Conditional language used herein, such as, among others, “can,” “could,” “might,” “may,” “e.g.,” and the like, unless specifically stated otherwise, or otherwise understood within the context as used, is generally intended to convey that certain embodiments include, while other embodiments do not include, certain features, elements and/or steps. Thus, such conditional language is not generally intended to imply that features, elements and/or steps are in any way required for one or more embodiments or that one or more embodiments necessarily include logic for deciding, with or without author input or prompting, whether these features, elements and/or steps are included or are to be performed in any particular embodiment. The terms “comprising,” “including,” “having,” and the like are synonymous and are used inclusively, in an open-ended fashion, and do not exclude additional elements, features, acts, operations, and so forth. Also, the term “or” is used in its inclusive sense (and not in its exclusive sense) so that when used, for example, to connect a list of elements, the term “or” means one, some, or all of the elements in the list.

Conjunctive language such as the phrase “at least one of X, Y and Z,” unless specifically stated otherwise, is to be understood with the context as used in general to convey that an item, term, etc. may be either X, Y, or Z, or a combination thereof. Thus, such conjunctive language is not generally intended to imply that certain embodiments require at least one of X, at least one of Y and at least one of Z to each be present.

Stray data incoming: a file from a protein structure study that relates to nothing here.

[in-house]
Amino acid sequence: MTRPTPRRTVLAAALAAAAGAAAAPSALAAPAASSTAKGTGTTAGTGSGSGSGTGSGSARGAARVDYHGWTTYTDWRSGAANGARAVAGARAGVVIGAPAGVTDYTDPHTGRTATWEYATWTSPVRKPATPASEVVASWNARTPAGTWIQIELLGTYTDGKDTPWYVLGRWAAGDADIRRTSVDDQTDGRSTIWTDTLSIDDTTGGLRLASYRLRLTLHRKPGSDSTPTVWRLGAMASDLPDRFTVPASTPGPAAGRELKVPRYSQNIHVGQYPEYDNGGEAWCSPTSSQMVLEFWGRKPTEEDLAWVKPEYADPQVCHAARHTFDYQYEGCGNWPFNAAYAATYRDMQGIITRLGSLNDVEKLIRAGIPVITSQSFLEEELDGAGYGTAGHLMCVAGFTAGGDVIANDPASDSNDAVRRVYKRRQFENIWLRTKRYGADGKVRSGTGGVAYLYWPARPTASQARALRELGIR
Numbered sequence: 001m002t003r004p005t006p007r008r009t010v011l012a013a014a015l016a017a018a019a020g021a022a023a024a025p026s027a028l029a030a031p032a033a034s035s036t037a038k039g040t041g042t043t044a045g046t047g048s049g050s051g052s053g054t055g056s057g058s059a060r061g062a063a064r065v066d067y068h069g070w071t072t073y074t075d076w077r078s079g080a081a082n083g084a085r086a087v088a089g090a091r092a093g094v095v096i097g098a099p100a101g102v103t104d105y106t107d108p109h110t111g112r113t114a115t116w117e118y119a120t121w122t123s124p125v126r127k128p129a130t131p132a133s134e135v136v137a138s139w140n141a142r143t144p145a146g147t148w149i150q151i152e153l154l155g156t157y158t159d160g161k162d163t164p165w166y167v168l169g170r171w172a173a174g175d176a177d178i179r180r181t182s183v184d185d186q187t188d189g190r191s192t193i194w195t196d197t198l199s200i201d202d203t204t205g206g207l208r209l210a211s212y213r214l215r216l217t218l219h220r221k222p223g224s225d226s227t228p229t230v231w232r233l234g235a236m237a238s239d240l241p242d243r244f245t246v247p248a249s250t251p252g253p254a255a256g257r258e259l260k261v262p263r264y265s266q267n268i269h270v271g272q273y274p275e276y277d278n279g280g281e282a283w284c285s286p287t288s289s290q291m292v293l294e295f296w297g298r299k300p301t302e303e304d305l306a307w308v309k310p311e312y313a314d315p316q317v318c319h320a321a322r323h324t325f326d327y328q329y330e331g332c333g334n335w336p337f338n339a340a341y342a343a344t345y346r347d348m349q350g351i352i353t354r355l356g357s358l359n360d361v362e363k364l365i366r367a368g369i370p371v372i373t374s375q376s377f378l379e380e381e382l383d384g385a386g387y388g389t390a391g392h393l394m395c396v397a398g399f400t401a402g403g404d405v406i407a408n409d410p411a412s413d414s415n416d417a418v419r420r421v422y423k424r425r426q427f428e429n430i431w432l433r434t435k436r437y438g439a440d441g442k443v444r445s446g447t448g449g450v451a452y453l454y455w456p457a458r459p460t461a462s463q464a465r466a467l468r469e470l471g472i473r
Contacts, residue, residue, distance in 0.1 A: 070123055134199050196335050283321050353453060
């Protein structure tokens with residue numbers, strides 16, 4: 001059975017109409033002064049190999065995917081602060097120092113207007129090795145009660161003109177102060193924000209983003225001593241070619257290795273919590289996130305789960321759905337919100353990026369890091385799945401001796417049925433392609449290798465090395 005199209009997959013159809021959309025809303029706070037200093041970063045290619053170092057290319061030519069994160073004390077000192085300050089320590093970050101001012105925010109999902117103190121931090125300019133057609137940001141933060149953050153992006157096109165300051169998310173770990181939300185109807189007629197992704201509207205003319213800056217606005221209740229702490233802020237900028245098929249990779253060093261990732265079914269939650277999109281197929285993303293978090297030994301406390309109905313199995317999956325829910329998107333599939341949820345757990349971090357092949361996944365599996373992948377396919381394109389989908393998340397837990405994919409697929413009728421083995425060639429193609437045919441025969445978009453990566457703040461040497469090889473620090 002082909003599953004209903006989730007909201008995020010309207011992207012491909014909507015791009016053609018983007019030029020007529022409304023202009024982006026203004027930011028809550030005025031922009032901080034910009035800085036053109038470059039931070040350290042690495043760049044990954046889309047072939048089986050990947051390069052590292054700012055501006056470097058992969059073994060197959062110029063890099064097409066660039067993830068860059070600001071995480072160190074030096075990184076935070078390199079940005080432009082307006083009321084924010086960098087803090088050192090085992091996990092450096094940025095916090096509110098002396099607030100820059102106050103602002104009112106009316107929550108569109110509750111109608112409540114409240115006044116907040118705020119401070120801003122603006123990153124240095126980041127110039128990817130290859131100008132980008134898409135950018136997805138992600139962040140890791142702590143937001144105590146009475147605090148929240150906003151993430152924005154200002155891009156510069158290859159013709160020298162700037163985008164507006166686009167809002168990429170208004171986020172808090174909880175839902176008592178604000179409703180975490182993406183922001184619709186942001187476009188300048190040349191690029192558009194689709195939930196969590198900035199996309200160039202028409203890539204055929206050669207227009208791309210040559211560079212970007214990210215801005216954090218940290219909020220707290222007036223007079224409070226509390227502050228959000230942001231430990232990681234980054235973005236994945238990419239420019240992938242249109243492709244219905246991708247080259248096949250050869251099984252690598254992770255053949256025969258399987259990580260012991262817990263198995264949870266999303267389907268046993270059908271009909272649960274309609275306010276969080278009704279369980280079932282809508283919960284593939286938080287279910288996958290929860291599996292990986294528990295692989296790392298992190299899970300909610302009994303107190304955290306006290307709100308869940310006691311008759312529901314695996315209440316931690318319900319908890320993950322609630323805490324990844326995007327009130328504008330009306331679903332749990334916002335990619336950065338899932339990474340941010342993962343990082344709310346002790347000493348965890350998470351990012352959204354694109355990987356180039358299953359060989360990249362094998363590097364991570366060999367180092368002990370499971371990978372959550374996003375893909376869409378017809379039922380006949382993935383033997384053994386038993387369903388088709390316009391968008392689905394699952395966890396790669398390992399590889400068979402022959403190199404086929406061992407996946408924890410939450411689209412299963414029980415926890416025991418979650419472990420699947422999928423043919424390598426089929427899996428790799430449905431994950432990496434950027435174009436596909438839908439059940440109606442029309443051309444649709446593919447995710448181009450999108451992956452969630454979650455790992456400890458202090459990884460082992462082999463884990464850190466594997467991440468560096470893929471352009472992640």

While the above detailed description has shown, described, and pointed out novel features as applied to various embodiments, it can be understood that various omissions, substitutions, and changes in the form and details of the devices or algorithms illustrated can be made without departing from the spirit of the disclosure. As can be recognized, certain embodiments of the inventions described herein can be embodied within a form that does not provide all of the features and benefits set forth herein, as some features can be used or practiced separately from others. The scope of certain inventions disclosed herein is indicated by the appended claims rather than by the foregoing description. All changes which come within the meaning and range of equivalency of the claims are to be embraced within their scope.

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Classifications
Classification internationaleG06F9/50, G06F15/177
Classification coopérativeH04L67/1008, G06F9/5044, H04L41/0806
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31 janv. 2013ASAssignment
Owner name: AMAZON TECHNOLOGIES, INC., NEVADA
Free format text: ASSIGNMENT OF ASSIGNORS INTEREST;ASSIGNORS:MARR, MICHAEL DAVID;KLEIN, MATTHEW D.;SIGNING DATES FROM20121011 TO 20121105;REEL/FRAME:029735/0158
27 sept. 2016CCCertificate of correction